By Brittany Collins, Indiana Commission for Higher Education
Missed our blog covering LinkedIn basics? Go here to check it out.
So you’ve got your LinkedIn profile set up, now what? Well, the fun and features have just begun! We’re going to use this blog to break down some more of the tools you can use to help you find connections, internships and career opportunities. But first, if you haven’t already done so make sure you customize your public profile URL. You can edit that from your profile page. It should be on the right side of your screen if you’re using a laptop/desktop or it’ll be under the contact section if you’re using the mobile app. Try your first and last name or add your middle initial if that’s taken.
LinkedIn has this really cool feature that allows you to connect with alumni at your institution. Go to your university’s main page and click the “Alumni” tab to reveal a new pocket of your network.
Once you’re on that tab you’ll see filters at the top. You can see where alumni/current students have worked, what cities they’re in now, what kind of industries they’re in and more. After you put in your filters, you’ll see folks you may already know or could potentially connect with for your professional network.
Why should you use this?
- See if there are folks who work at an organization you’re interested in to get some insight on what it’s like to be there.
- Find out what types of jobs folks have with your same major.
- Identify a mentor based on similar backgrounds and college affiliation.
Pro Tip: If you don’t want people to know you’re creeping on them, make sure you change your profile viewing mode under your account settings.
Updating Job Preferences
Again, it’s very important that your profile is as full and up to date as possible. This is how LinkedIn populates opportunities under the job section, by matching them to your skills and experiences. In addition to that, you can alter preferences under the settings tab. Let recruiters know you’re looking, set your maximum commute time, and how recruiters see your profile. You’re also able to set alerts based on specific titles or organizations (like, “marketing intern”).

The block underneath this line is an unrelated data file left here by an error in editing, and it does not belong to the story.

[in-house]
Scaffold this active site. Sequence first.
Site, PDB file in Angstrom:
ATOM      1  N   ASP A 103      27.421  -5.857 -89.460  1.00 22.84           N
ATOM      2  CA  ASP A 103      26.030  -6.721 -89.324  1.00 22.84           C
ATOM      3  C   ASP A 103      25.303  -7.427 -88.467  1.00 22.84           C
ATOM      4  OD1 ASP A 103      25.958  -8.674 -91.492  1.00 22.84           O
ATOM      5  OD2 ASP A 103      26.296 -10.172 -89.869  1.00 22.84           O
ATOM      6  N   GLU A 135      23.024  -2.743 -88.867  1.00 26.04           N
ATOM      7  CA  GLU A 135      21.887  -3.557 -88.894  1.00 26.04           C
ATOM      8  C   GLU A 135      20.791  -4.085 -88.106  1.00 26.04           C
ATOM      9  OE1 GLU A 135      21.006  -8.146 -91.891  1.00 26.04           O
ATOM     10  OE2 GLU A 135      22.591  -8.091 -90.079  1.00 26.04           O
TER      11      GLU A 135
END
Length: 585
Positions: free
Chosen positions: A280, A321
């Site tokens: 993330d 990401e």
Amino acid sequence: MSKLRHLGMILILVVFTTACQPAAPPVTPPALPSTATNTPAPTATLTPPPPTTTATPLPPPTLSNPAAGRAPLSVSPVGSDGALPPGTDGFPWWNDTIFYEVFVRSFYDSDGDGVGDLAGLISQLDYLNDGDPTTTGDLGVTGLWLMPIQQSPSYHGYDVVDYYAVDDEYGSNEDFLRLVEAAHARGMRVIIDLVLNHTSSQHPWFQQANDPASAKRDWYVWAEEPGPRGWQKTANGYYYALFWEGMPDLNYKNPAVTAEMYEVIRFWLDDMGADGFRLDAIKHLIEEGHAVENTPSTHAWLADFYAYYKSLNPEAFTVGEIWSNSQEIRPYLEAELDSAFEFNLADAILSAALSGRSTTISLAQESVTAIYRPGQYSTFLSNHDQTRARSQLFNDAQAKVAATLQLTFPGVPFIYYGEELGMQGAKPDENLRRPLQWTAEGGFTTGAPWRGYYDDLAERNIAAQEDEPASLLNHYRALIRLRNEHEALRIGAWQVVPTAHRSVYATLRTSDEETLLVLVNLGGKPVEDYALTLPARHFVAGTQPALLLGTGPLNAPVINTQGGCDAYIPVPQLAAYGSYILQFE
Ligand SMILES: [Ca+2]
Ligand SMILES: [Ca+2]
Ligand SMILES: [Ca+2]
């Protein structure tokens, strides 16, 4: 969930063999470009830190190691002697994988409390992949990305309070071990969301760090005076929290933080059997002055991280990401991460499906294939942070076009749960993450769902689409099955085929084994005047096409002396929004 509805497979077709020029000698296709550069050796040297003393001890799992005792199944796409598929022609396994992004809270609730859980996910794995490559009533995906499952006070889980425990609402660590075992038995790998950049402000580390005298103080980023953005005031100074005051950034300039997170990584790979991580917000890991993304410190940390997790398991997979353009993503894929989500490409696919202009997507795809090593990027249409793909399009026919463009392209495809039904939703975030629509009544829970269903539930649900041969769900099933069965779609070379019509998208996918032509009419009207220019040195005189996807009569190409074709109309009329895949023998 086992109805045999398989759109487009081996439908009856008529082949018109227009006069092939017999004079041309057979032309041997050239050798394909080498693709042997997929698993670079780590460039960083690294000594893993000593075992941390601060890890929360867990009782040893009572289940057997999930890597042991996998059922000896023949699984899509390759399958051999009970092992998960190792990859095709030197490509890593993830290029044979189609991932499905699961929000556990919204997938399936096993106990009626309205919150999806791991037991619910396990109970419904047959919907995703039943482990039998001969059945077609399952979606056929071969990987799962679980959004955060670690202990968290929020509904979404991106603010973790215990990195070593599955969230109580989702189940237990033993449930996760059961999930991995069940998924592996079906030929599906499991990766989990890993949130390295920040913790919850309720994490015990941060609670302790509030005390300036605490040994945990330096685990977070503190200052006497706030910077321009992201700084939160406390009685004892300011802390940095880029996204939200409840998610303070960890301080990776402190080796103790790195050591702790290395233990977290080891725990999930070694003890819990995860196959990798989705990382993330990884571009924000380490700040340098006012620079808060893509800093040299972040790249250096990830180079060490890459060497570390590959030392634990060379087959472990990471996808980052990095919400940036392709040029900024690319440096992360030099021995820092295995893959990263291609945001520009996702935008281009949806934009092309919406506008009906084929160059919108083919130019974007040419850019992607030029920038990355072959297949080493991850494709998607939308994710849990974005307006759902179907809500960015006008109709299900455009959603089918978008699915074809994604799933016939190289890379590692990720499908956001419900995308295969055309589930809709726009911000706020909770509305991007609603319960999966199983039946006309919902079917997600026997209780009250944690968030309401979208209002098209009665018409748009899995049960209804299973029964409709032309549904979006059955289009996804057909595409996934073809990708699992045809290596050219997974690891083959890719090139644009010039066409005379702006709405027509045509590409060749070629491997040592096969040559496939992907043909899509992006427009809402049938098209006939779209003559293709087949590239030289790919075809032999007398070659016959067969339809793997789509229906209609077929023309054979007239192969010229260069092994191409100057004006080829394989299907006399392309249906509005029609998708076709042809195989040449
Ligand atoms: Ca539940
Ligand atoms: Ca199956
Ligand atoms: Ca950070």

Using the Inbox
Sometimes you’re going to want to connect with someone you don’t know already, and that’s completely fine. That’s what networking is all about! Just remember to use your manners and actually provide an introductory message to accompany your connection request. Click the “Add Note” option when prompted and proceed to leave a brief message stating who you are and why you want to connect.
Here’s an example message:
Image text: Good afternoon: I’m Sally and I’m currently a junior at Indiana College. I noticed you graduated from there recently with the same major. I’ve admired your career journey so far and wanted to know if we could connect here. I’d also like to follow up so we can talk more about what you do? Thank you!
Pro Tip: This is not the time or place to “slide in the DMs,” save the romantic quests for the appropriate apps and websites. Be professional!
There are thousands of groups on LinkedIN across industries and professional interests that you can plug into to help narrow your networking. You can start by checking to see if your college/university has a group for current students/alumni and then branch out to joining industry association groups, new/young professional groups and more. Don’t just lurk, actually connect with people and contribute to conversations. (Shortcut: https://www.linkedin.com/groups/)
We know that many Hoosier students, families and educators are coping with school day closures and elearning for the next few weeks in response to COVID-19. Over the next month, our blog will be dedicated to college and career readiness activities that can be done from home. And, don’t forget to explore our classroom materials page for grade-specific college, career and cost activities.